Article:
As the old saying goes; remember, remember the sixth of November - National Saxophone Day! Toot toot.
This week’s New Music Friday roundup is sadly light on the sax, so maybe give ‘Careless Whisper’ and/or ‘Baker Street’ a couple of spins before you crack on with the selections below. If your ears are still ringing from last night’s fireworks then you may wish to ease in with the more light-touch tones of Olafur Arnalds, Pole and Eartheater; for those of you looking to power through, try the Kill Your Boyfriend album.
You don’t go to an artist called Eartheater for uptempo bops, do you now? Of course not - if you’re drawn to a name like that, you’re expecting something doomladen, mournful, quite possibly metal. ‘Phoenix: Flames Are Dew Upon My Skin’ isn’t really a metal album, though some of the LP’s gothic architecture does recall the metal-adjacent work of Chelsea Wolfe, and doomladen is perhaps not the exact term you’d use to describe the music made by one Alexandra Drewchin. However, ‘Phoenix…’ is certainly a sombre listen, one where acoustic guitars, strings and electronic textures come shrouded in fog to bring to mind a sort of greyscale, avant-garde version of Cocteau Twins.
It’s not often that we get records in from Estonian acts y’know. On the evidence of ‘Horse’, the new LP from Holy Motors, maybe we should start keeping closer tabs on the country’s musical output. Mind you, if you hadn’t told us that this outfit were based in Tallinn then we could have been fooled into thinking that Holy Motors had at least a couple of feet on U.S. soil. You see, ‘Horse’ is an album of dreamstate Americana, a record where the countrified twang and the wistful vocal stylings of the singer are smogged up by reverb. The whole thing comes off like Mazzy Star covering This Mortal Coil covering Chris Isaak, and it’s all the more intriguing for being so.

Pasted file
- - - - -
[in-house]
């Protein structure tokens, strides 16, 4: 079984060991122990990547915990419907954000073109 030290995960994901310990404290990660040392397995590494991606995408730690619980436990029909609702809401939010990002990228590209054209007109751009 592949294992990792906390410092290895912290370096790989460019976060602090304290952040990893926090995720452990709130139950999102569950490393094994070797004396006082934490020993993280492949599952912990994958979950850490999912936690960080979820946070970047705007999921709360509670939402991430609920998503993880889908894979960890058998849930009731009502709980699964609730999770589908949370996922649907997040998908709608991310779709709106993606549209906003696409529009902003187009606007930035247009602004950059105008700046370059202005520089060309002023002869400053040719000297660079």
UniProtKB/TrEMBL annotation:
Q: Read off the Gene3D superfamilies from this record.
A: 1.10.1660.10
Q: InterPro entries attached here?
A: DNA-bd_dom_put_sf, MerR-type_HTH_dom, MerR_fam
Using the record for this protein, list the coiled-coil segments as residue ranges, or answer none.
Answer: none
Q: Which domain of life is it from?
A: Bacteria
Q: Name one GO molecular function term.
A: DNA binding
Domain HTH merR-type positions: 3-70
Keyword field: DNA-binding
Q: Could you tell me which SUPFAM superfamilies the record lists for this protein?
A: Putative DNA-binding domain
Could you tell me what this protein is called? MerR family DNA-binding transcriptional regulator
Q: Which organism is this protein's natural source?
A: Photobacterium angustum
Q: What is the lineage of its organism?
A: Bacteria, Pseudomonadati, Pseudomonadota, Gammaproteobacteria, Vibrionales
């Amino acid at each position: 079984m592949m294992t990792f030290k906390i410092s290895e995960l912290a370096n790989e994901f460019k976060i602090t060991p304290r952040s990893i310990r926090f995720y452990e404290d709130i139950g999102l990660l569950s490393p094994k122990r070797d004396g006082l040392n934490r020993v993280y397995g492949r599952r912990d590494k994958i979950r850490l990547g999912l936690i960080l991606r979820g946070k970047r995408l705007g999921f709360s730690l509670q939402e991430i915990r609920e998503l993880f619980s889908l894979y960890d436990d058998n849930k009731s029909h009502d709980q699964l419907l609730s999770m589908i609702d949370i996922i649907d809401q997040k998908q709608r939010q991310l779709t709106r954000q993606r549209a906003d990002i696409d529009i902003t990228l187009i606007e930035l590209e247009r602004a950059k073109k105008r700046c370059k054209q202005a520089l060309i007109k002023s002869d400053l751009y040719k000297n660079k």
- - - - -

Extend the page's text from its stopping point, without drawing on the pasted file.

‘Killadelica’. Now that’s how you name an album! The music here is both as cool and as grizzly as the title suggests. Kill Your Boyfriend may hail from Italy in the modern age rather than New York City in the 1970s, but the similarities between this band and Suicide go beyond the fact that there are two members in each group. This is a thrilling LP of serrated-edge industrial electronics which have a bit of Spacemen 3’s heavy-psych atmospherics thrown in for good measure.
The late Ras G - or Ras G & The Afrikan Space Program, or Gregory Shorter - was one of the dopest, most visionary minds to emerge from the mid-00s beat scrum. A contemporary of Flying Lotus and Samiyam, Ras G’s music looked more intently at the Afro-futurist spiritual modes of Sun Ra, the guiding principles of which helped construct the “ghetto sci-fi” style that Ras G delivered across numerous records in his lifetime. After Ras G passed away in 2019, fellow LA producer Kutmah now pays tribute to his friend with a collection of leftfield hip-hop beats which manage to be both intimate and widescreen at the same time.